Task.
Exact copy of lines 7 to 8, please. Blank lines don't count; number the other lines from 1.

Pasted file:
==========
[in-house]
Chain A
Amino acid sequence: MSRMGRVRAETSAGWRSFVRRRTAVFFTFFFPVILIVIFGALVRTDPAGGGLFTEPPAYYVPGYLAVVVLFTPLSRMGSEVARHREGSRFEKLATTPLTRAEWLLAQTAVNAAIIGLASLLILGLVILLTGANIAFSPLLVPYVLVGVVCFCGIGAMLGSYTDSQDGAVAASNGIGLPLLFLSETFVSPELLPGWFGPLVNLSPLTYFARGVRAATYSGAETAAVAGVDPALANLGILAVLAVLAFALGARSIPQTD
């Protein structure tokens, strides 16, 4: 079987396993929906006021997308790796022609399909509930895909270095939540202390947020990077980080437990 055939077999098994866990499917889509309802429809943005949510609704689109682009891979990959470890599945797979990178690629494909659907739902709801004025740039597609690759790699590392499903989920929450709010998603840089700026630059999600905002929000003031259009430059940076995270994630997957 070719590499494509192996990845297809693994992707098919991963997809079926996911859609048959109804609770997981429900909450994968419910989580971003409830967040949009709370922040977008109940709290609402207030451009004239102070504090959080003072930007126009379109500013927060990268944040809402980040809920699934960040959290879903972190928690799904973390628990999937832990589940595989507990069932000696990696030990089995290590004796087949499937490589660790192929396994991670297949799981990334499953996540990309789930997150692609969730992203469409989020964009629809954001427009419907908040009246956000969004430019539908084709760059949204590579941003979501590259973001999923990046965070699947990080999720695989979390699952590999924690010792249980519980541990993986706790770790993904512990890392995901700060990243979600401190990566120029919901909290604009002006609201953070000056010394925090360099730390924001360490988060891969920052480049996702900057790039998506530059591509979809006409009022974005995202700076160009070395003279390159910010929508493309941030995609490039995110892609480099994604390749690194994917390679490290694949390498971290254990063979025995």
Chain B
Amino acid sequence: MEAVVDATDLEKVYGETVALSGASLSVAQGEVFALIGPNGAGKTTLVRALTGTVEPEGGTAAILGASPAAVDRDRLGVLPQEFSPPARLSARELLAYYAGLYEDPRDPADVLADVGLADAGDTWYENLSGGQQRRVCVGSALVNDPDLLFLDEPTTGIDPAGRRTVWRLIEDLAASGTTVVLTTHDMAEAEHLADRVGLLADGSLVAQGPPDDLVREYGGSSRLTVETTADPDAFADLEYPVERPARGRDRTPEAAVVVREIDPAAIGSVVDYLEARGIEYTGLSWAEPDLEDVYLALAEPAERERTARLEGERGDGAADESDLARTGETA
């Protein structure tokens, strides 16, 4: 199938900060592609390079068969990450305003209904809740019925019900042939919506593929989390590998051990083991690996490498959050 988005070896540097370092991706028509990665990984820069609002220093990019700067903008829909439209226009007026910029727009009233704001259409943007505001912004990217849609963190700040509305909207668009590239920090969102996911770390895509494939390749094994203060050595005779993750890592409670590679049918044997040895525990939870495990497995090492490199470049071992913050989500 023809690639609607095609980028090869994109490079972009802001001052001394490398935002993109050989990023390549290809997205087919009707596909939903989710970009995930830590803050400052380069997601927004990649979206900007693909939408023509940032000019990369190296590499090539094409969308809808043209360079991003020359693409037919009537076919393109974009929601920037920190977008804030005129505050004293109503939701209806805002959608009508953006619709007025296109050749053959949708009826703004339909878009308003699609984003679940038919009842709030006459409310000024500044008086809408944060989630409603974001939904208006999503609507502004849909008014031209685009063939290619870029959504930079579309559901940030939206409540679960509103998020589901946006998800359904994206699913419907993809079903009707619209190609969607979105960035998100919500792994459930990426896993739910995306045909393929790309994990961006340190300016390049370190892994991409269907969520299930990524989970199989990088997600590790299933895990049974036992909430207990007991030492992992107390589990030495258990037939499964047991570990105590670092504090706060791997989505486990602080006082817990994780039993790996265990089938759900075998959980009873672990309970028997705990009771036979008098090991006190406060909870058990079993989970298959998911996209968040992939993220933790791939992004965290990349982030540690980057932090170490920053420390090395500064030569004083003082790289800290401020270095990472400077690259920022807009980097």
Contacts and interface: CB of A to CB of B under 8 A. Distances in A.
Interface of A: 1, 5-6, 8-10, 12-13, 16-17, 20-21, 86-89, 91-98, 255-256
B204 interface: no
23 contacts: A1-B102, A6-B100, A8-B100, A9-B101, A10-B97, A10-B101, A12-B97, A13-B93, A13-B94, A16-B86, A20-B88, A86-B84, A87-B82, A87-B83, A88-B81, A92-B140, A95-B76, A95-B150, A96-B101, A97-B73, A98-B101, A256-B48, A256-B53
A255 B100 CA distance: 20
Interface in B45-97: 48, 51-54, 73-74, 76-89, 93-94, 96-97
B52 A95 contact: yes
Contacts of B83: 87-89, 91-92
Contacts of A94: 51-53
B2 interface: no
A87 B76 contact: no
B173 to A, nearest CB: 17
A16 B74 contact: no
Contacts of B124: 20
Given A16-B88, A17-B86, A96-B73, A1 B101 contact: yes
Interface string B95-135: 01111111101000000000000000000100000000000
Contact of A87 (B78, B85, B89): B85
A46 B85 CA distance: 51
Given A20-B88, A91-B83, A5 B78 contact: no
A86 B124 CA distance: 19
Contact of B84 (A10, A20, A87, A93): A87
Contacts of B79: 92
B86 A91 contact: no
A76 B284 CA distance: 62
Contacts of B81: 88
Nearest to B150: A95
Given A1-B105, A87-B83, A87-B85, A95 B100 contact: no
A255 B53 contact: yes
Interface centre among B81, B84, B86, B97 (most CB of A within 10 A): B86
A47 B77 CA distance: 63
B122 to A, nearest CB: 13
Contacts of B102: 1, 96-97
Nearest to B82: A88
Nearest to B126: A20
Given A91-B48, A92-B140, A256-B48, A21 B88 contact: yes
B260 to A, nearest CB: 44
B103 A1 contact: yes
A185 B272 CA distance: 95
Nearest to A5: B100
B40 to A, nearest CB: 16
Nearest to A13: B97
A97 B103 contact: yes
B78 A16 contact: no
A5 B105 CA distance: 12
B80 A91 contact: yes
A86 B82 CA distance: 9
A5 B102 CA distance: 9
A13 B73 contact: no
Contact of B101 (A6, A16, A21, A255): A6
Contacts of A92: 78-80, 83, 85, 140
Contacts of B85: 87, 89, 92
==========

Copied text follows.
């Protein structure tokens, strides 16, 4: 199938900060592609390079068969990450305003209904809740019925019900042939919506593929989390590998051990083991690996490498959050 988005070896540097370092991706028509990665990984820069609002220093990019700067903008829909439209226009007026910029727009009233704001259409943007505001912004990217849609963190700040509305909207668009590239920090969102996911770390895509494939390749094994203060050595005779993750890592409670590679049918044997040895525990939870495990497995090492490199470049071992913050989500 023809690639609607095609980028090869994109490079972009802001001052001394490398935002993109050989990023390549290809997205087919009707596909939903989710970009995930830590803050400052380069997601927004990649979206900007693909939408023509940032000019990369190296590499090539094409969308809808043209360079991003020359693409037919009537076919393109974009929601920037920190977008804030005129505050004293109503939701209806805002959608009508953006619709007025296109050749053959949708009826703004339909878009308003699609984003679940038919009842709030006459409310000024500044008086809408944060989630409603974001939904208006999503609507502004849909008014031209685009063939290619870029959504930079579309559901940030939206409540679960509103998020589901946006998800359904994206699913419907993809079903009707619209190609969607979105960035998100919500792994459930990426896993739910995306045909393929790309994990961006340190300016390049370190892994991409269907969520299930990524989970199989990088997600590790299933895990049974036992909430207990007991030492992992107390589990030495258990037939499964047991570990105590670092504090706060791997989505486990602080006082817990994780039993790996265990089938759900075998959980009873672990309970028997705990009771036979008098090991006190406060909870058990079993989970298959998911996209968040992939993220933790791939992004965290990349982030540690980057932090170490920053420390090395500064030569004083003082790289800290401020270095990472400077690259920022807009980097």
Contacts and interface: CB of A to CB of B under 8 A. Distances in A.